Why my Olympic experience with Bode Miller was not bodilicious

Bode Miller at the men’s downhill

Even in the womb, my son Bode had an Olympic connection–we named him after Bode Miller as we watched the Torino Games.

Since that day, I have dreamed of getting Bode’s autograph or posing for a picture with him. My dream finally became tangible when serendipity (a.k.a. the USOC) handed me tickets to the men’s downhill where Bode was competing on Monday.

Our Whistler accommodations at Creekside Village are not only luxurious but they’re also conveniently located at the base of the downhill run. We were given the option to take the chairlift or hike up the mountain.

I’ll let you guess which lane was more popular.

I’ve never attended a downhill event and was surprised to be almost outnumbered by Europeans in the stands. The Swiss, in particular, were in abundance toting their over-sized cowbells and reacting to every nuance on the mountain. Loudly.

View of the Men’s Downhill

Bode was scheduled to ski eighth. You’d have thought I was his own mother for how nervous I was for him. He was the overall World Cup champion when he went to Italy in 2006 and he came up short in five Alpine events. This was his chance for redemption.

The great thing about attending the downhill is you don’t miss a thing. Cameras capture the skier’s every move at the top of the mountain and it is broadcast live on a Jumbotron, I decided I would film the big screen and move to the actual ski slope as he barreled across the finish line.

The first part of my plan went accordingly. The second did not. There was a minor glitch: when I moved my Flip Video Camera over to film him directly, I couldn’t find him. I ended up capturing a really nice looking ski slope without anyone on it.

Evidently, I do not have a future in broadcast journalism.

It took Bode 54.40 seconds to achieve a measure of redemption for the Torino Games and win the bronze medal. He held a press conference later that afternoon and come hell or high water, I vowed to be there.

Or rather, come “dumb” and “dumber,” which was what happened to me.

I had spent the afternoon at the USA House getting interviewed by KOA radio and CNet about my Olympic experiences using the Office ’10 Beta. I was supposed to Skype in to Fox31 /Channel 2 in Denver but my continued Internet connection problems plagued me and I was running behind because of it.

I arrived at the Whistler Media Center with 10 minutes to spare. It was my first visit there and I spent the next few minutes trying to find the press conference room. I finally asked someone for directions.

You know. Because I’m female and I am allowed to do that.

Turns out, the press conference was at the Whistler Media House, which was on the other side of the pedestrian village. With mere moments to spare, I did what I do best: I freaked out and then sprinted to the WMH.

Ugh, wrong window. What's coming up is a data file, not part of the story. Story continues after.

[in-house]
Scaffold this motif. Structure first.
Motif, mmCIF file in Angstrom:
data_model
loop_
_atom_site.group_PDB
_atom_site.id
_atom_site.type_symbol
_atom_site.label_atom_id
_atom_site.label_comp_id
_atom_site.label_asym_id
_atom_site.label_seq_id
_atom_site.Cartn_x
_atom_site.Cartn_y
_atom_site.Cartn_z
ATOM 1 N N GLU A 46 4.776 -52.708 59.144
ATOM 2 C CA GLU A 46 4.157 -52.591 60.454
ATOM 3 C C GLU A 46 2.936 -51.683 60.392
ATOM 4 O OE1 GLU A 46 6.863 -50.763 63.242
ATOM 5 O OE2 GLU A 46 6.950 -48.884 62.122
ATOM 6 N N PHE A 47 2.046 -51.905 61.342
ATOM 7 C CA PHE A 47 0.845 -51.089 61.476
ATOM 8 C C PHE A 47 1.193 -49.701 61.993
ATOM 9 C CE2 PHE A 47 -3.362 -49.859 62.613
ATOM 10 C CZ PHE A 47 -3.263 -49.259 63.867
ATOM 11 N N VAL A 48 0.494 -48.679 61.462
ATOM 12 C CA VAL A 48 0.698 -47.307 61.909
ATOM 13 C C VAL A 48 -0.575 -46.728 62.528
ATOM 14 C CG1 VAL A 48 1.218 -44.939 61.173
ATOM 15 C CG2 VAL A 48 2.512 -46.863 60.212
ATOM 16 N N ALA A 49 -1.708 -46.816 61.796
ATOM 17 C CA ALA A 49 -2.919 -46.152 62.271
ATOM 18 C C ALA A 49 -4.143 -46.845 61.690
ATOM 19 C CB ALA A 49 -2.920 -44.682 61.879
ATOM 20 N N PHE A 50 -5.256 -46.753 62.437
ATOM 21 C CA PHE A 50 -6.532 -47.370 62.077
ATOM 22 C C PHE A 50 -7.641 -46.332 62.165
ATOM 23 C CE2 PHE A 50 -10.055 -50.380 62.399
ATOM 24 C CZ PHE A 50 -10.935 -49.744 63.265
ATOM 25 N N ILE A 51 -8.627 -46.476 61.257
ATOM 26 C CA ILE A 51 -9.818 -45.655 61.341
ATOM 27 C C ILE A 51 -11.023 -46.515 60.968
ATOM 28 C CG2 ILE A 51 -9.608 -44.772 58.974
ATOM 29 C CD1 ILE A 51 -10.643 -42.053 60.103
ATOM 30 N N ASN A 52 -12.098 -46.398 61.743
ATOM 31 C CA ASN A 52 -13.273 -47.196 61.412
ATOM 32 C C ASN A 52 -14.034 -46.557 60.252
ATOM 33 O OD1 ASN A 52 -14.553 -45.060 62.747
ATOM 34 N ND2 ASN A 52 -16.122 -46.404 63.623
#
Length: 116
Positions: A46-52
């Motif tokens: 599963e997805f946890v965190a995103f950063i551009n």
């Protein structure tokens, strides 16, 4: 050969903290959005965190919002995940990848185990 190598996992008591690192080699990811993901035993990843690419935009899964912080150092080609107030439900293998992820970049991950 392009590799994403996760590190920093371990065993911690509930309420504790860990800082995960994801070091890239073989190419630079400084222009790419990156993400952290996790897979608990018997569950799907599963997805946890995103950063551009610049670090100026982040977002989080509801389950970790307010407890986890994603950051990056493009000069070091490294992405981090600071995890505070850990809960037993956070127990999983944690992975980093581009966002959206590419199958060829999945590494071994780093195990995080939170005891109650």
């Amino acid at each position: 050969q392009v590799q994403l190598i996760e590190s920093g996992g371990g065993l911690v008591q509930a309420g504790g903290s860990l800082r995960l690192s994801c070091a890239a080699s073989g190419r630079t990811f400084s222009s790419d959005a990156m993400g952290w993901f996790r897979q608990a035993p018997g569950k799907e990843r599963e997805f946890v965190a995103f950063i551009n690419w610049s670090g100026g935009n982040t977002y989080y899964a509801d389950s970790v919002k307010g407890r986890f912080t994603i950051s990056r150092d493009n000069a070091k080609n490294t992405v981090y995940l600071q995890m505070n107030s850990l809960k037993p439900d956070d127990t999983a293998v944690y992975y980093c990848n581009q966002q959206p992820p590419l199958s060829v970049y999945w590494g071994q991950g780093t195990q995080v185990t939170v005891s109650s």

In my Sanitas clogs.

Through throngs of people.

And yes, it was every bit as ugly as it sounds.

I arrived breathless, sweaty and frazzled but most importantly: on time. I kicked back and listened to my son’s namesake field press questions.

Bode Miller Press Conference

Bode Miller has been vindicated by the media for his renegade attitude, particularly as it relates to commercialism at the Olympics. At the press conference, he was different than in Italy, penitent even, having finally achieved a sort of truce surrounding the inevitable pitfalls that come with this sport.

He blew off questions about his Olympic legacy, saying it could have been anyone’s day out there and he was 0.09 seconds behind the winner and 0.02 from second place. This margin between first and third is the smallest in Olympic history.

“I was really getting myself wound up and emotionally involved in what I was doing. It’s part of why I came back and raced. I was amped up.”

With this bronze medal and the two silvers he won eight years ago in Salt Lake City, he is the most decorated American in Olympic skiing.

An impressive Olympic legacy, even if he claims he doesn’t care about having one.

My plan was to approach him following the press conference but I did not anticipate he would be rushed away to attend the medal ceremony. Dejectedly, I left the building. As I was standing outside licking my wounds, I was approached by Kevin Neuendorf, Public Relations Manager for the USOC. Kevin has been integral in securing me event tickets and we had not yet met. He had recognized me from my blog.

The Hair is always a dead giveaway.

We chatted about my Olympic experience thus far. At one point, I lamented I had missed my opportunity to meet Bode Miller. It got worse when he said, “That’s really too bad. If I’d known you were coming, I could have had you meet him backstage following the press conference.”

The moral of this story is two-fold:

Sometimes it’s better just not to know what might have been.

And don’t judge a woman until you’ve run a mile in her clogs.

To follow Team USA updates and your favorite athletes’ Twitter feeds, be sure to go to USOCpressbox.org. Also, download your free copy of Microsoft Office ’10 Beta at officewintergames.com.

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